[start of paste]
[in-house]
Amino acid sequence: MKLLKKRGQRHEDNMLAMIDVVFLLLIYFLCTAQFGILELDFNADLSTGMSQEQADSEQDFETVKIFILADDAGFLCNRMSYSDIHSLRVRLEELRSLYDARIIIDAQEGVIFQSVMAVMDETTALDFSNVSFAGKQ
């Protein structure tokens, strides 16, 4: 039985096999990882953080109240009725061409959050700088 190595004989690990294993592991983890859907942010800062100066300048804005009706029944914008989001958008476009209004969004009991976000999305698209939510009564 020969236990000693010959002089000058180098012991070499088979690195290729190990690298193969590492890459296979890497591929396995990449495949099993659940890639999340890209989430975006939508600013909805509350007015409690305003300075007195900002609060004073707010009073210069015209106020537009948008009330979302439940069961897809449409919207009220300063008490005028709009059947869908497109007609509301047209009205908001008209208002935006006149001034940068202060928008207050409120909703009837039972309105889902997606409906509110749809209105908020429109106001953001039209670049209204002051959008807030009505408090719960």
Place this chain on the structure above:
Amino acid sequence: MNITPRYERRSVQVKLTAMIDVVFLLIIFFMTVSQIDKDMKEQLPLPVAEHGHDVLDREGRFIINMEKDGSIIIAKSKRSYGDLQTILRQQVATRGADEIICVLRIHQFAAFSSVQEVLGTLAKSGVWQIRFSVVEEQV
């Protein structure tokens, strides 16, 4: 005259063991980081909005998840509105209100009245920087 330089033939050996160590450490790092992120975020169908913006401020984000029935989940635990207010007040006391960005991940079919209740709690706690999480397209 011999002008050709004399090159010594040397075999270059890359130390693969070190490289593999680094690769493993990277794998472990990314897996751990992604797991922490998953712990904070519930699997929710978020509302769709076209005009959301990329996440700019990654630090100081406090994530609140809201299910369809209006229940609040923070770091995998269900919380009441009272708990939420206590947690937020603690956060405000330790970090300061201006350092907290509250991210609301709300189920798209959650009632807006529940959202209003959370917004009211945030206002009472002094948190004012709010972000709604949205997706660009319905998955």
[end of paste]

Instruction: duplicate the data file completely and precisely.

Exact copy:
[in-house]
Amino acid sequence: MKLLKKRGQRHEDNMLAMIDVVFLLLIYFLCTAQFGILELDFNADLSTGMSQEQADSEQDFETVKIFILADDAGFLCNRMSYSDIHSLRVRLEELRSLYDARIIIDAQEGVIFQSVMAVMDETTALDFSNVSFAGKQ
């Protein structure tokens, strides 16, 4: 039985096999990882953080109240009725061409959050700088 190595004989690990294993592991983890859907942010800062100066300048804005009706029944914008989001958008476009209004969004009991976000999305698209939510009564 020969236990000693010959002089000058180098012991070499088979690195290729190990690298193969590492890459296979890497591929396995990449495949099993659940890639999340890209989430975006939508600013909805509350007015409690305003300075007195900002609060004073707010009073210069015209106020537009948008009330979302439940069961897809449409919207009220300063008490005028709009059947869908497109007609509301047209009205908001008209208002935006006149001034940068202060928008207050409120909703009837039972309105889902997606409906509110749809209105908020429109106001953001039209670049209204002051959008807030009505408090719960």
Place this chain on the structure above:
Amino acid sequence: MNITPRYERRSVQVKLTAMIDVVFLLIIFFMTVSQIDKDMKEQLPLPVAEHGHDVLDREGRFIINMEKDGSIIIAKSKRSYGDLQTILRQQVATRGADEIICVLRIHQFAAFSSVQEVLGTLAKSGVWQIRFSVVEEQV
């Protein structure tokens, strides 16, 4: 005259063991980081909005998840509105209100009245920087 330089033939050996160590450490790092992120975020169908913006401020984000029935989940635990207010007040006391960005991940079919209740709690706690999480397209 011999002008050709004399090159010594040397075999270059890359130390693969070190490289593999680094690769493993990277794998472990990314897996751990992604797991922490998953712990904070519930699997929710978020509302769709076209005009959301990329996440700019990654630090100081406090994530609140809201299910369809209006229940609040923070770091995998269900919380009441009272708990939420206590947690937020603690956060405000330790970090300061201006350092907290509250991210609301709300189920798209959650009632807006529940959202209003959370917004009211945030206002009472002094948190004012709010972000709604949205997706660009319905998955």